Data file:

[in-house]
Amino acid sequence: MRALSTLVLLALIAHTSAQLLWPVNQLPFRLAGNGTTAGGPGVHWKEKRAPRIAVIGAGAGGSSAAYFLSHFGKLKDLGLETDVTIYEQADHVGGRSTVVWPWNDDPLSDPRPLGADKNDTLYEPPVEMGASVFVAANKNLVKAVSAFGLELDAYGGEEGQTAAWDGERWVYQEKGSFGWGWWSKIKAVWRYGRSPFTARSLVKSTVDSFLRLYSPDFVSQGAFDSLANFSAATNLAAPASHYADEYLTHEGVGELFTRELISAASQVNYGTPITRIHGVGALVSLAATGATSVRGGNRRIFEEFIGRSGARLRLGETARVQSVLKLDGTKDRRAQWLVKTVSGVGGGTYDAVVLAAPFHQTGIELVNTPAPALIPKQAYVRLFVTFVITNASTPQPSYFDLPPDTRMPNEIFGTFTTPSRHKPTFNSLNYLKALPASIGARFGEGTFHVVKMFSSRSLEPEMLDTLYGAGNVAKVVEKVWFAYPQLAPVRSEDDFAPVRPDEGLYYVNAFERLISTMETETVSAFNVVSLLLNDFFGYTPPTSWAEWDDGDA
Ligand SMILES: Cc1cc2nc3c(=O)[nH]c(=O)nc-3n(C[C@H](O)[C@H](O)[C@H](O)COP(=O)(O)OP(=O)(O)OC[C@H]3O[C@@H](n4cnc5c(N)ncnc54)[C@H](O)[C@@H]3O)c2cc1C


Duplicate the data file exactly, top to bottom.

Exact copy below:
[in-house]
Amino acid sequence: MRALSTLVLLALIAHTSAQLLWPVNQLPFRLAGNGTTAGGPGVHWKEKRAPRIAVIGAGAGGSSAAYFLSHFGKLKDLGLETDVTIYEQADHVGGRSTVVWPWNDDPLSDPRPLGADKNDTLYEPPVEMGASVFVAANKNLVKAVSAFGLELDAYGGEEGQTAAWDGERWVYQEKGSFGWGWWSKIKAVWRYGRSPFTARSLVKSTVDSFLRLYSPDFVSQGAFDSLANFSAATNLAAPASHYADEYLTHEGVGELFTRELISAASQVNYGTPITRIHGVGALVSLAATGATSVRGGNRRIFEEFIGRSGARLRLGETARVQSVLKLDGTKDRRAQWLVKTVSGVGGGTYDAVVLAAPFHQTGIELVNTPAPALIPKQAYVRLFVTFVITNASTPQPSYFDLPPDTRMPNEIFGTFTTPSRHKPTFNSLNYLKALPASIGARFGEGTFHVVKMFSSRSLEPEMLDTLYGAGNVAKVVEKVWFAYPQLAPVRSEDDFAPVRPDEGLYYVNAFERLISTMETETVSAFNVVSLLLNDFFGYTPPTSWAEWDDGDA
Ligand SMILES: Cc1cc2nc3c(=O)[nH]c(=O)nc-3n(C[C@H](O)[C@H](O)[C@H](O)COP(=O)(O)OP(=O)(O)OC[C@H]3O[C@@H](n4cnc5c(N)ncnc54)[C@H](O)[C@@H]3O)c2cc1C